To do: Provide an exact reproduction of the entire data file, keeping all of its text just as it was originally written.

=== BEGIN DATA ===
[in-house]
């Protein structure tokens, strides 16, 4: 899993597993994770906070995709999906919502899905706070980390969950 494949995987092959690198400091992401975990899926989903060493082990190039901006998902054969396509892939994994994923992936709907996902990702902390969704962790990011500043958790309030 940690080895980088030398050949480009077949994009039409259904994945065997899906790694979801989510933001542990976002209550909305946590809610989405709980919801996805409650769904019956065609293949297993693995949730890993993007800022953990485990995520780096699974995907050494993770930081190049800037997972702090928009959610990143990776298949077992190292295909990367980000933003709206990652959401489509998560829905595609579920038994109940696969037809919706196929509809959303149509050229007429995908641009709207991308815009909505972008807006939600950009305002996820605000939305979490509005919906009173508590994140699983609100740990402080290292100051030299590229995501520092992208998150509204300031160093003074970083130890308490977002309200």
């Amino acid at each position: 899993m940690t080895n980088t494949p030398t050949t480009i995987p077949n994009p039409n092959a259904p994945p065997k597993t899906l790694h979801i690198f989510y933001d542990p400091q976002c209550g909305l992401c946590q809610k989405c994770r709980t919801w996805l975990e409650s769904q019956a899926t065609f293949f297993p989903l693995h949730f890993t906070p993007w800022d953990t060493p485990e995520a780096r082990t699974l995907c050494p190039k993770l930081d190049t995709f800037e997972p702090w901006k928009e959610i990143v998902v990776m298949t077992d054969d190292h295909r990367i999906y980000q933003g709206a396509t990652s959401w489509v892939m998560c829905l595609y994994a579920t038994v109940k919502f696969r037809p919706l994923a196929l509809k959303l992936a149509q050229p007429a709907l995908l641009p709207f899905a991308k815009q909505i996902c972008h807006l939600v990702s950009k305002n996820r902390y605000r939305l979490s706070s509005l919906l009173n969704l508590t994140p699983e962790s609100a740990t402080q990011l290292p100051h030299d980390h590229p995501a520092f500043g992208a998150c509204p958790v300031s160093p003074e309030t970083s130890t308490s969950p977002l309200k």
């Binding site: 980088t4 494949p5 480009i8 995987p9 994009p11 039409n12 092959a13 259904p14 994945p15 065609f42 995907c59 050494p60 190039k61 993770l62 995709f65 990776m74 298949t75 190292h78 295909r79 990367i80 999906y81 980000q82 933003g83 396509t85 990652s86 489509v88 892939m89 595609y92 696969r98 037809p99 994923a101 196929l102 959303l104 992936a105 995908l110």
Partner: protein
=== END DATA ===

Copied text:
[in-house]
């Protein structure tokens, strides 16, 4: 899993597993994770906070995709999906919502899905706070980390969950 494949995987092959690198400091992401975990899926989903060493082990190039901006998902054969396509892939994994994923992936709907996902990702902390969704962790990011500043958790309030 940690080895980088030398050949480009077949994009039409259904994945065997899906790694979801989510933001542990976002209550909305946590809610989405709980919801996805409650769904019956065609293949297993693995949730890993993007800022953990485990995520780096699974995907050494993770930081190049800037997972702090928009959610990143990776298949077992190292295909990367980000933003709206990652959401489509998560829905595609579920038994109940696969037809919706196929509809959303149509050229007429995908641009709207991308815009909505972008807006939600950009305002996820605000939305979490509005919906009173508590994140699983609100740990402080290292100051030299590229995501520092992208998150509204300031160093003074970083130890308490977002309200």
């Amino acid at each position: 899993m940690t080895n980088t494949p030398t050949t480009i995987p077949n994009p039409n092959a259904p994945p065997k597993t899906l790694h979801i690198f989510y933001d542990p400091q976002c209550g909305l992401c946590q809610k989405c994770r709980t919801w996805l975990e409650s769904q019956a899926t065609f293949f297993p989903l693995h949730f890993t906070p993007w800022d953990t060493p485990e995520a780096r082990t699974l995907c050494p190039k993770l930081d190049t995709f800037e997972p702090w901006k928009e959610i990143v998902v990776m298949t077992d054969d190292h295909r990367i999906y980000q933003g709206a396509t990652s959401w489509v892939m998560c829905l595609y994994a579920t038994v109940k919502f696969r037809p919706l994923a196929l509809k959303l992936a149509q050229p007429a709907l995908l641009p709207f899905a991308k815009q909505i996902c972008h807006l939600v990702s950009k305002n996820r902390y605000r939305l979490s706070s509005l919906l009173n969704l508590t994140p699983e962790s609100a740990t402080q990011l290292p100051h030299d980390h590229p995501a520092f500043g992208a998150c509204p958790v300031s160093p003074e309030t970083s130890t308490s969950p977002l309200k």
């Binding site: 980088t4 494949p5 480009i8 995987p9 994009p11 039409n12 092959a13 259904p14 994945p15 065609f42 995907c59 050494p60 190039k61 993770l62 995709f65 990776m74 298949t75 190292h78 295909r79 990367i80 999906y81 980000q82 933003g83 396509t85 990652s86 489509v88 892939m89 595609y92 696969r98 037809p99 994923a101 196929l102 959303l104 992936a105 995908l110």
Partner: protein